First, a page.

“We talked about where we were and where we wanted to be. Part of that was a discussion about adding new features to our website, but the other part was [figuring out] how do we tell our stories consistently,” he recalled. “It started to reshape the way we talk to the customer.”
For the last three years, Tillema said, Foot Locker has worked to streamline its marketing so that the same types of messages and visuals appear online, in the stores or on a mobile device. “One of the things we’re most proud of is that we developed a mobile platform that is very similar to our Internet platform,” the executive said of the firm’s mobile site, which launched two years ago. “We have dual pages [for when the customer] is coming to us from the Internet or from mobile.”
He noted that has helped boost m-commerce’s contribution to digital sales, to the high-single digits. And Foot Locker has set a goal to spur its online sales to around 10 percent of total revenue by 2016, though Tillema is confident the company can surpass that number.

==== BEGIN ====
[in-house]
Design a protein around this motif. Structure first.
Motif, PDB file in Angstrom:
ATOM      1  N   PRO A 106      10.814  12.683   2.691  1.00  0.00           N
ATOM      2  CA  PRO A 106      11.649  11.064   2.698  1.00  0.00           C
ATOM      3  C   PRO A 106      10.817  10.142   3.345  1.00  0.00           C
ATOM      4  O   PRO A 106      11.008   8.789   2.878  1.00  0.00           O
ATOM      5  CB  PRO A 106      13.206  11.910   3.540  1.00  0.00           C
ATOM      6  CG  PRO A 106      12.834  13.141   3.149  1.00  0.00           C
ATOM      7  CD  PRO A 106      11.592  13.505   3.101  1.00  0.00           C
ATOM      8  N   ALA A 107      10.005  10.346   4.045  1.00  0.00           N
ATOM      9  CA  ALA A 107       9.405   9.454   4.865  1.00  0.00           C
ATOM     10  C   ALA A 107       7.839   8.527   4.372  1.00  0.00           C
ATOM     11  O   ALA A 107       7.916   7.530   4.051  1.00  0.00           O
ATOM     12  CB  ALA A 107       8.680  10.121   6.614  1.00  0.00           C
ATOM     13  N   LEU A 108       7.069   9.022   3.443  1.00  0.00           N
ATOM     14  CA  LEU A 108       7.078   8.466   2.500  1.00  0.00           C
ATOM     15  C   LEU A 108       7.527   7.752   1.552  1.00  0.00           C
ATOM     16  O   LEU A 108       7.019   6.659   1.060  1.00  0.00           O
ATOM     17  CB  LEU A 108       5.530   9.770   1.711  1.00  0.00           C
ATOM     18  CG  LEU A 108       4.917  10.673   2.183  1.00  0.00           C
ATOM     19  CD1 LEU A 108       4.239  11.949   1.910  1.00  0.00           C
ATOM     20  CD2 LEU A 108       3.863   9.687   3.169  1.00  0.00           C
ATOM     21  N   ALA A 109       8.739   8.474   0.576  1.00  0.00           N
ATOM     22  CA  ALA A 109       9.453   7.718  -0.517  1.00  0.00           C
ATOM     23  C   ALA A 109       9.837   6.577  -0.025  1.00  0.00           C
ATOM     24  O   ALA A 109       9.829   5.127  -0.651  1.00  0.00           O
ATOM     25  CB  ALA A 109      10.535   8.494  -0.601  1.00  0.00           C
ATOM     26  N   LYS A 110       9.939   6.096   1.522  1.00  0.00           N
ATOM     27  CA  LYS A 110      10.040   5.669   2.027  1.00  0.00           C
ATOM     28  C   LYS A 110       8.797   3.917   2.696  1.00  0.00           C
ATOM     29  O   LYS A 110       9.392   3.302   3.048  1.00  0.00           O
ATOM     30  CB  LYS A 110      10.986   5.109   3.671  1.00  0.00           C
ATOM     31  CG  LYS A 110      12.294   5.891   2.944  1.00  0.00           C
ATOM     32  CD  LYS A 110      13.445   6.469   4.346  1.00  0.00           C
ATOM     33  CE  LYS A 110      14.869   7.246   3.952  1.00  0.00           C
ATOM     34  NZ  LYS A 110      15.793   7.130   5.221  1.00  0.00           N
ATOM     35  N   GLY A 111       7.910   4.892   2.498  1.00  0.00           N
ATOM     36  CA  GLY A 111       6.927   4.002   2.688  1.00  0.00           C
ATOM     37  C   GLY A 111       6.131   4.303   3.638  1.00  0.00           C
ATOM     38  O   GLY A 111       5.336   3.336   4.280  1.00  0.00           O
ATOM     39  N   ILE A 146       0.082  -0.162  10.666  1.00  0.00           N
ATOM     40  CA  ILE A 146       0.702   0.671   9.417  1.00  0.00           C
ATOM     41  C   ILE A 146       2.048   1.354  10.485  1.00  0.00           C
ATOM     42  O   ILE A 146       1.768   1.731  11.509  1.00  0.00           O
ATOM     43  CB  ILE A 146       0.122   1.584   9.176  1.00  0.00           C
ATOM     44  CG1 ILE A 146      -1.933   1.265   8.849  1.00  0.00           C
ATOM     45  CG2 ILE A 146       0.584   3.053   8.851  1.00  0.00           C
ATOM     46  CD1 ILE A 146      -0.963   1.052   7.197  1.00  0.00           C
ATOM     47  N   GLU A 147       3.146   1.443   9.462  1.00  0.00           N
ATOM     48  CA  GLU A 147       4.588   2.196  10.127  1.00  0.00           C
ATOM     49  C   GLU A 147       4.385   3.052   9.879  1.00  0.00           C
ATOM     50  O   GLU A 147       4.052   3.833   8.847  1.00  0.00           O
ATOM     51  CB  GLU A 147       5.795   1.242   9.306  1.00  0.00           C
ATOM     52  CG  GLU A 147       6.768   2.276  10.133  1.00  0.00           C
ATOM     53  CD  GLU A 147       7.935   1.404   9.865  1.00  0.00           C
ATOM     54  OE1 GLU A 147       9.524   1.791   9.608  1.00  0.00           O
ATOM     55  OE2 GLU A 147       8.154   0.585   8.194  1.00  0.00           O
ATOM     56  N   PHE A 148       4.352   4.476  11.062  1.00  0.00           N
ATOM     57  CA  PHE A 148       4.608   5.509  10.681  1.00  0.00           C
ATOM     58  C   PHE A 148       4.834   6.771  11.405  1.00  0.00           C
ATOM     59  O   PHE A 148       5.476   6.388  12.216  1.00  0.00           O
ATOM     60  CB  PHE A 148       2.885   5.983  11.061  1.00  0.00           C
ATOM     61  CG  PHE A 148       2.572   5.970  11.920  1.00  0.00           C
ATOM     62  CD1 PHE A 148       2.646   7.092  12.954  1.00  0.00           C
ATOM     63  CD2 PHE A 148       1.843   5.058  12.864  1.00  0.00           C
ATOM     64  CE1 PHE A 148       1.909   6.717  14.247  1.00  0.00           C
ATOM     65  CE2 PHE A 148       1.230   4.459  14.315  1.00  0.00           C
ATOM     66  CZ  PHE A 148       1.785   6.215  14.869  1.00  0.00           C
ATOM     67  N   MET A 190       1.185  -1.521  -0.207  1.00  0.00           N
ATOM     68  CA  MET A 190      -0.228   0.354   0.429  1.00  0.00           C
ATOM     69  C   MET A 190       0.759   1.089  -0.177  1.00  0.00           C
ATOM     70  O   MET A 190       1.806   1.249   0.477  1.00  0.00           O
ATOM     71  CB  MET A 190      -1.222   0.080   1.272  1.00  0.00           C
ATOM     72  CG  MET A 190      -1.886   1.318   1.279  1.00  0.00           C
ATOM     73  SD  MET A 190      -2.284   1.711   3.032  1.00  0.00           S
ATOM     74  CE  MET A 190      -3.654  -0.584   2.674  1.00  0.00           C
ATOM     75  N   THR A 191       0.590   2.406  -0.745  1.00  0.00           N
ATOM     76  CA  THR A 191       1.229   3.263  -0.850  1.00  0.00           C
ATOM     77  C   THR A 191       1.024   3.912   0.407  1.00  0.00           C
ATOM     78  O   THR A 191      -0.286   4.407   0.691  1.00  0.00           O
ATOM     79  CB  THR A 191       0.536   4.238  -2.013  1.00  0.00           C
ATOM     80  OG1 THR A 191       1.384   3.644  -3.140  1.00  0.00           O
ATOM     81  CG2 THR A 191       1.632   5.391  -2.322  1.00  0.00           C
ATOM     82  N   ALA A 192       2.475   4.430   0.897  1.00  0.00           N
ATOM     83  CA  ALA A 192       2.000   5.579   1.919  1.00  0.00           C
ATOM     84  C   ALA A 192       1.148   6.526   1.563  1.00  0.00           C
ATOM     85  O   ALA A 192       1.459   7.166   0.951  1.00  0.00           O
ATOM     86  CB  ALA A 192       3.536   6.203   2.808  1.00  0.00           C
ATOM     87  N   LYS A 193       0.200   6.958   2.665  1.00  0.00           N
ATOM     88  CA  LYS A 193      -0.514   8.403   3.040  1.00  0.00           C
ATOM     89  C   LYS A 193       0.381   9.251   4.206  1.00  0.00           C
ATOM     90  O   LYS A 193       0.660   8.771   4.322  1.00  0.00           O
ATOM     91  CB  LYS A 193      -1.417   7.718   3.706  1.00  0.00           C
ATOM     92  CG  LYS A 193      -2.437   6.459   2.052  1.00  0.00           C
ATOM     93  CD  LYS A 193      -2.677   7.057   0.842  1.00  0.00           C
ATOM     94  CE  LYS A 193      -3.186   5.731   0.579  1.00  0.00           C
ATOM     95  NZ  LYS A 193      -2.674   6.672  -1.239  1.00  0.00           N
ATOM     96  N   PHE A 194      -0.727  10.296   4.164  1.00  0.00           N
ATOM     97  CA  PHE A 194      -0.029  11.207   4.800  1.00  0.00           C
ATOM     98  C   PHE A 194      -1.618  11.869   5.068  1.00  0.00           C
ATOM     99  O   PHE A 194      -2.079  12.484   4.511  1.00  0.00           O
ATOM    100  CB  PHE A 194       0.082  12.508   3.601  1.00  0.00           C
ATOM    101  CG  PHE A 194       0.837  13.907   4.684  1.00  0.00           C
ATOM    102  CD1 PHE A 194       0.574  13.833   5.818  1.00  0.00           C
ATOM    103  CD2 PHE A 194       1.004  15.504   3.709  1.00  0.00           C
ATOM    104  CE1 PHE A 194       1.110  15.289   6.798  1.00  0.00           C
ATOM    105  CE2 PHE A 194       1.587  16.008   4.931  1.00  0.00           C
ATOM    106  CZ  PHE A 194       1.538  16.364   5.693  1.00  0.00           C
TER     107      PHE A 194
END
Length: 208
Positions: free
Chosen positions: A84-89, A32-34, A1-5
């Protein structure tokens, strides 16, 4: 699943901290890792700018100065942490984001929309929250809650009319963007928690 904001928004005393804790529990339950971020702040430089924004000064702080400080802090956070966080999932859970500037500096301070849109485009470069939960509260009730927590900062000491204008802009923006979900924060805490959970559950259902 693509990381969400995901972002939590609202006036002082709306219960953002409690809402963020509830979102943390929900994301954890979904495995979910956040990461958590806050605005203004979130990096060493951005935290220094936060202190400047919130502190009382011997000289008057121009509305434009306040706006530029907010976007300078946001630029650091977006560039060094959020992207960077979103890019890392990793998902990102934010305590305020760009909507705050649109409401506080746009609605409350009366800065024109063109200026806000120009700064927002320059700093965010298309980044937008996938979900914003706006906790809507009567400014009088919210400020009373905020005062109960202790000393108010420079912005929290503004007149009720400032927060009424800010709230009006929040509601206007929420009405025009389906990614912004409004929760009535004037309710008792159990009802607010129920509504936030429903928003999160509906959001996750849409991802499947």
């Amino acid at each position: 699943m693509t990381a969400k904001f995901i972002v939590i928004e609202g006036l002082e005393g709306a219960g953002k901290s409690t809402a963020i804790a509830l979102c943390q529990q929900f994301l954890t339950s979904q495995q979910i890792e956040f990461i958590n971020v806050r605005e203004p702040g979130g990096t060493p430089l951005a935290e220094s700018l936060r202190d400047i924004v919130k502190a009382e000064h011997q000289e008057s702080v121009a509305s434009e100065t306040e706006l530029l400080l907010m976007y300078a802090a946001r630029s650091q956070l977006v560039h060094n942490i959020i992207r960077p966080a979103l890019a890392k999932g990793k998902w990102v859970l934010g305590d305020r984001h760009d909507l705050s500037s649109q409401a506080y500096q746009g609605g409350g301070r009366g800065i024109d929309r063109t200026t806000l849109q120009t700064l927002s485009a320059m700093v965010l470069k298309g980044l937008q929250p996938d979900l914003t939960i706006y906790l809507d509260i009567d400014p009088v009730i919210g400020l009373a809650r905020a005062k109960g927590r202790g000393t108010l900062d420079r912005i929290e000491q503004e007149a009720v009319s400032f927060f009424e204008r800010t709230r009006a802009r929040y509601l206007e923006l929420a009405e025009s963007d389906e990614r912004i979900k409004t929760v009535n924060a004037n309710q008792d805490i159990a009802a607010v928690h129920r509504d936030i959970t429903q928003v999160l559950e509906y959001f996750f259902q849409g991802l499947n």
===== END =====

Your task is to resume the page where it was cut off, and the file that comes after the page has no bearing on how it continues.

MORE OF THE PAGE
To help get there, Foot Locker is testing a consolidated customer database. “We’re looking through all the channels of customer behavior and figuring out the best way to interact with that customer,” Tillema said, adding that the final goal is to achieve personalized offers and 360-degree marketing that hits every consumer touchpoint.
All About Saks
Merchandise accessibility is also a crucial aspect of operating within an omnichannel model.